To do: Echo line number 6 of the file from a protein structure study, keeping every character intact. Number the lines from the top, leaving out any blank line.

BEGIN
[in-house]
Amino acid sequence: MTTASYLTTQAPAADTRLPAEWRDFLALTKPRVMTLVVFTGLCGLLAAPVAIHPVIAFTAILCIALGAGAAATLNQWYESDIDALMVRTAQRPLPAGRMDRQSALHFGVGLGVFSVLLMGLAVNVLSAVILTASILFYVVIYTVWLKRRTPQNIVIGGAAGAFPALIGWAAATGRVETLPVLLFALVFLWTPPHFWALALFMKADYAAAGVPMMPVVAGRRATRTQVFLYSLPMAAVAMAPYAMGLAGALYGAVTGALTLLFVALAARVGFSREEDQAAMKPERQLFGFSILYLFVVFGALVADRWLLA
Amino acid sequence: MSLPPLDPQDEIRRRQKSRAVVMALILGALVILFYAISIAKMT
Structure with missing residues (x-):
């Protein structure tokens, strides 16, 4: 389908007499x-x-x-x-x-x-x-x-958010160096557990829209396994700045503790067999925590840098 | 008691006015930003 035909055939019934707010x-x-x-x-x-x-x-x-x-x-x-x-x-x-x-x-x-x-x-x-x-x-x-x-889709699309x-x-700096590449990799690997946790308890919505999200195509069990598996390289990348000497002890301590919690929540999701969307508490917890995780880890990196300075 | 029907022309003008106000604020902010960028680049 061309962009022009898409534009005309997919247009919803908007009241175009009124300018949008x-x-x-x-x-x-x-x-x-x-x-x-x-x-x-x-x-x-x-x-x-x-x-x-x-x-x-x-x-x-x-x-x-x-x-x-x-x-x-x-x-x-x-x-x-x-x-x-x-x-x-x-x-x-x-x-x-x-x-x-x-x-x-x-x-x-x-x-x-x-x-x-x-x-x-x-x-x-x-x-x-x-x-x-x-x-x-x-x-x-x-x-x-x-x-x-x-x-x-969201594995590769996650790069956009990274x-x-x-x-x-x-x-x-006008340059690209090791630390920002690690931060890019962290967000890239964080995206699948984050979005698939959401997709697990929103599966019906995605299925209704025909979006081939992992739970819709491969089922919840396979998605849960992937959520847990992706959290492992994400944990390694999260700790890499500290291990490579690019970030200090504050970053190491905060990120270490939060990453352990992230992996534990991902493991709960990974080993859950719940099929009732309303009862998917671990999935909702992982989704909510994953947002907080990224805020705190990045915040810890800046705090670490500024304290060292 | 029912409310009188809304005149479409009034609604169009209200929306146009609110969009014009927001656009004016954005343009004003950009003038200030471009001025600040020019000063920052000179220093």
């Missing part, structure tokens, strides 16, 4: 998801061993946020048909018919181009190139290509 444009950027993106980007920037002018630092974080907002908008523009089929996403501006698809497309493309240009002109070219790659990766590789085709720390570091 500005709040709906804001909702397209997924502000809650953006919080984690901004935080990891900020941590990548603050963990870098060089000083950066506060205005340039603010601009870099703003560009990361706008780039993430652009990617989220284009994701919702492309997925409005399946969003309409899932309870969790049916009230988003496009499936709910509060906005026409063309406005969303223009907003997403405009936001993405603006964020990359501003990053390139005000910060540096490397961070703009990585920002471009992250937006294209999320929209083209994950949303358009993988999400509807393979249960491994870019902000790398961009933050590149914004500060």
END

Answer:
């Missing part, structure tokens, strides 16, 4: 998801061993946020048909018919181009190139290509 444009950027993106980007920037002018630092974080907002908008523009089929996403501006698809497309493309240009002109070219790659990766590789085709720390570091 500005709040709906804001909702397209997924502000809650953006919080984690901004935080990891900020941590990548603050963990870098060089000083950066506060205005340039603010601009870099703003560009990361706008780039993430652009990617989220284009994701919702492309997925409005399946969003309409899932309870969790049916009230988003496009499936709910509060906005026409063309406005969303223009907003997403405009936001993405603006964020990359501003990053390139005000910060540096490397961070703009990585920002471009992250937006294209999320929209083209994950949303358009993988999400509807393979249960491994870019902000790398961009933050590149914004500060």